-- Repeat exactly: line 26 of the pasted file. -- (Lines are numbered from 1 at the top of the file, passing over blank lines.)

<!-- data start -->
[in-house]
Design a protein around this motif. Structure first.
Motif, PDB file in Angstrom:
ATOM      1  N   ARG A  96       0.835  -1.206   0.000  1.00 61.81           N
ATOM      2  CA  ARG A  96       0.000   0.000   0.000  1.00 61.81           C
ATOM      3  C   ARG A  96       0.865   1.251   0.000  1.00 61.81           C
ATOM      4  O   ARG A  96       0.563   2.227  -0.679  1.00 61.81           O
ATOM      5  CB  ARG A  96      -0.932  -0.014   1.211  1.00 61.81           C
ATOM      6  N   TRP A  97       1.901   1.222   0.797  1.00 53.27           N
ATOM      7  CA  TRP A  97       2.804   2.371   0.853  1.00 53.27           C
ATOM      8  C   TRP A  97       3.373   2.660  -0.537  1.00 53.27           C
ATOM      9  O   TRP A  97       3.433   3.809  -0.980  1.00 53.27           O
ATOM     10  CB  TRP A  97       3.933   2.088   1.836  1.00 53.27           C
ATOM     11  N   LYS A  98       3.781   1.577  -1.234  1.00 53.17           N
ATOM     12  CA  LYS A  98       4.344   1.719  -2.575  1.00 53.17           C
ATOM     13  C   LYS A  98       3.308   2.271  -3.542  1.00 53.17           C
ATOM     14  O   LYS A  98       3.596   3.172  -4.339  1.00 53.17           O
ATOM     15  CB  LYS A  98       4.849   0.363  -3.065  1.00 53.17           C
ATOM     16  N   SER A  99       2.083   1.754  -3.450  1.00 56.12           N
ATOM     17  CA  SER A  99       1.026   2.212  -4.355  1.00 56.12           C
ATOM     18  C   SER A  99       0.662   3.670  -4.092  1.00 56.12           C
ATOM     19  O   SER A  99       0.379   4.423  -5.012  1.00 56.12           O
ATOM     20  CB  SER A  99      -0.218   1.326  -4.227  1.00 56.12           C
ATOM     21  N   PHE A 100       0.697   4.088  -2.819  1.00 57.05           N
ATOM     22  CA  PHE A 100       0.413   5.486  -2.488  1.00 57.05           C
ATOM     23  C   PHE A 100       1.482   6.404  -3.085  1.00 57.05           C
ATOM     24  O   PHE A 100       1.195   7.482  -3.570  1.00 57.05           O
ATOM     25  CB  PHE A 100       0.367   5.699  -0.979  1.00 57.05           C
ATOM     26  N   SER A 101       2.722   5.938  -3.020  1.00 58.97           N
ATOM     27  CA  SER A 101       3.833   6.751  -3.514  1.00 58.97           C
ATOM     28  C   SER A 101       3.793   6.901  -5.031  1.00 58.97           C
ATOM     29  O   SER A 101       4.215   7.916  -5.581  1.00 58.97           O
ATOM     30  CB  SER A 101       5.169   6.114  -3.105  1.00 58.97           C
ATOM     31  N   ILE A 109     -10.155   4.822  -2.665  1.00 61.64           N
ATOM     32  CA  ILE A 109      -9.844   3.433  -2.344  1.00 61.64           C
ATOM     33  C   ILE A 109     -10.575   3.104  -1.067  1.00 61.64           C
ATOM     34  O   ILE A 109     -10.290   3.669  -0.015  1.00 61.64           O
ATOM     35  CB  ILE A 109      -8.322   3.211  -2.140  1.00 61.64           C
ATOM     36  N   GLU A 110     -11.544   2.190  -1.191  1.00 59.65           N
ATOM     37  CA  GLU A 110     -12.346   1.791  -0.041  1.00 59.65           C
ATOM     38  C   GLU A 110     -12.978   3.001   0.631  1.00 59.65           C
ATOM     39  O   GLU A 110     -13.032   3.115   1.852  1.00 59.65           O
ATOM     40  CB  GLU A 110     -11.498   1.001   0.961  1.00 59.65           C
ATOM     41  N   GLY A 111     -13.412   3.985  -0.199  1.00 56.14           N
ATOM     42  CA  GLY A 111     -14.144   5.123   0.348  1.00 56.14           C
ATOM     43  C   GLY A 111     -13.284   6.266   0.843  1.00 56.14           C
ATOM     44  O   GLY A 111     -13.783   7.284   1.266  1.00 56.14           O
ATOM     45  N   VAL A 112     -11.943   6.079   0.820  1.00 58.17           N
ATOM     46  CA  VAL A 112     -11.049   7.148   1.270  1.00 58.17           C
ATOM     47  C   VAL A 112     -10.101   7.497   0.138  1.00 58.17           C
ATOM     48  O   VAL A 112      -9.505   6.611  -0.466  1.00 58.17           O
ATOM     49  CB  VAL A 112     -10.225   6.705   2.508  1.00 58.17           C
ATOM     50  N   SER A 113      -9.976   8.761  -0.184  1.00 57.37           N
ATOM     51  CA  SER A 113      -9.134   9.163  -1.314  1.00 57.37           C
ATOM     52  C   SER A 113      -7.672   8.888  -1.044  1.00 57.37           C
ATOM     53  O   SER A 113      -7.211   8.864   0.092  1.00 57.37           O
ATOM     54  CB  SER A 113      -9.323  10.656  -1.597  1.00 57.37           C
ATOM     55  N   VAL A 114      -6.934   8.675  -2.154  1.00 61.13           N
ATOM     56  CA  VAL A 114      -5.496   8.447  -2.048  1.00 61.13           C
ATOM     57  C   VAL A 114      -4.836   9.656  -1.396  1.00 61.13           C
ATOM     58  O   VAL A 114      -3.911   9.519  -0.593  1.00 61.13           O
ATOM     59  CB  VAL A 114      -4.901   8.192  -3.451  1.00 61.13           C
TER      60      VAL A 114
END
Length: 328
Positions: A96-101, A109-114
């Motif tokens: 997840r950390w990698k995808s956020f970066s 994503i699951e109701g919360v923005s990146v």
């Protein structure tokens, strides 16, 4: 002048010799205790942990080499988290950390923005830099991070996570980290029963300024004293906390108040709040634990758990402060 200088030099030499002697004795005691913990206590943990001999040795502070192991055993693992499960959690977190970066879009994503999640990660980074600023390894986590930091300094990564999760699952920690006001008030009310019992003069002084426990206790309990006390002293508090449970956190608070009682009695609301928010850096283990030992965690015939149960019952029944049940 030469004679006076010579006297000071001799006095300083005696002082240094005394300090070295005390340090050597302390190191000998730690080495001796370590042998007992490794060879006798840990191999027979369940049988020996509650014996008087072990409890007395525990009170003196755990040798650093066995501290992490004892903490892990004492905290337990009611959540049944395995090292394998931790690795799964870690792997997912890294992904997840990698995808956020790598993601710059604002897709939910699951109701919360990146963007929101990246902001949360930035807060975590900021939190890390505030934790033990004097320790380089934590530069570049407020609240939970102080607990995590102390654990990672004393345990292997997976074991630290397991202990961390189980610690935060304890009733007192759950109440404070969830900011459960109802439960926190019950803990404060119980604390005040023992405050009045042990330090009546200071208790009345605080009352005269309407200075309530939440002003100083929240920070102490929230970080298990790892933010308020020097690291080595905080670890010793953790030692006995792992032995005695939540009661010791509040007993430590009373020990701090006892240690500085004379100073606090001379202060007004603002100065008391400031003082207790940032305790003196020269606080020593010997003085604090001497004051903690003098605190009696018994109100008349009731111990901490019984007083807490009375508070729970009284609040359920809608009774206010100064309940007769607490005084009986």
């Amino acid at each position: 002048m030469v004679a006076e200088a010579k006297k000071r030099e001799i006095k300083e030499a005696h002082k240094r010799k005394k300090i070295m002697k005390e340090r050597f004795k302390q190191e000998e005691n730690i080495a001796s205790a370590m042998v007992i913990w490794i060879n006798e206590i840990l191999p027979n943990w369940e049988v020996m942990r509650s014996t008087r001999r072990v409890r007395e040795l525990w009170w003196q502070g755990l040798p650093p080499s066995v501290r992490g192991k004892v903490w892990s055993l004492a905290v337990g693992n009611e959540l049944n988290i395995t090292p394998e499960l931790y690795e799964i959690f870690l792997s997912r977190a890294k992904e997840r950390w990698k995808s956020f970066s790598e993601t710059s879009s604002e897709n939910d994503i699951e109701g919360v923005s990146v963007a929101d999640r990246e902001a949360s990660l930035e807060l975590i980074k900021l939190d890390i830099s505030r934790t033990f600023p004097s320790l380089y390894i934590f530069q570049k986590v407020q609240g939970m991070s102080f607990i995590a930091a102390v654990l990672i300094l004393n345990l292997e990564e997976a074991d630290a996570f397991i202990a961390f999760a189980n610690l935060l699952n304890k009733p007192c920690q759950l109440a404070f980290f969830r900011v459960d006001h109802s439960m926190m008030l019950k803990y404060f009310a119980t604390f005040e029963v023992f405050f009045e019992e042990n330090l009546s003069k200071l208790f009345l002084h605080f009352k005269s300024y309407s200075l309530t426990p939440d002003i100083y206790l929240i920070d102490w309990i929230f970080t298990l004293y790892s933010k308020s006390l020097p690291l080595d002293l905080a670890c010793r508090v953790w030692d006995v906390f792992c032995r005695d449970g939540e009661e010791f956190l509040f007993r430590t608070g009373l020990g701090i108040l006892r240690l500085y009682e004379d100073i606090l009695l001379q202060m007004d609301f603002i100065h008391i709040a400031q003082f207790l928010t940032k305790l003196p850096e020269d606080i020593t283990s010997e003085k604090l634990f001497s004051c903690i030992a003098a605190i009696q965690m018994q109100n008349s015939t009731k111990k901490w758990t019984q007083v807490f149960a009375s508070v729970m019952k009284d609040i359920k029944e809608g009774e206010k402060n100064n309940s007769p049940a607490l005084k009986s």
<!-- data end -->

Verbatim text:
ATOM     23  C   PHE A 100       1.482   6.404  -3.085  1.00 57.05           C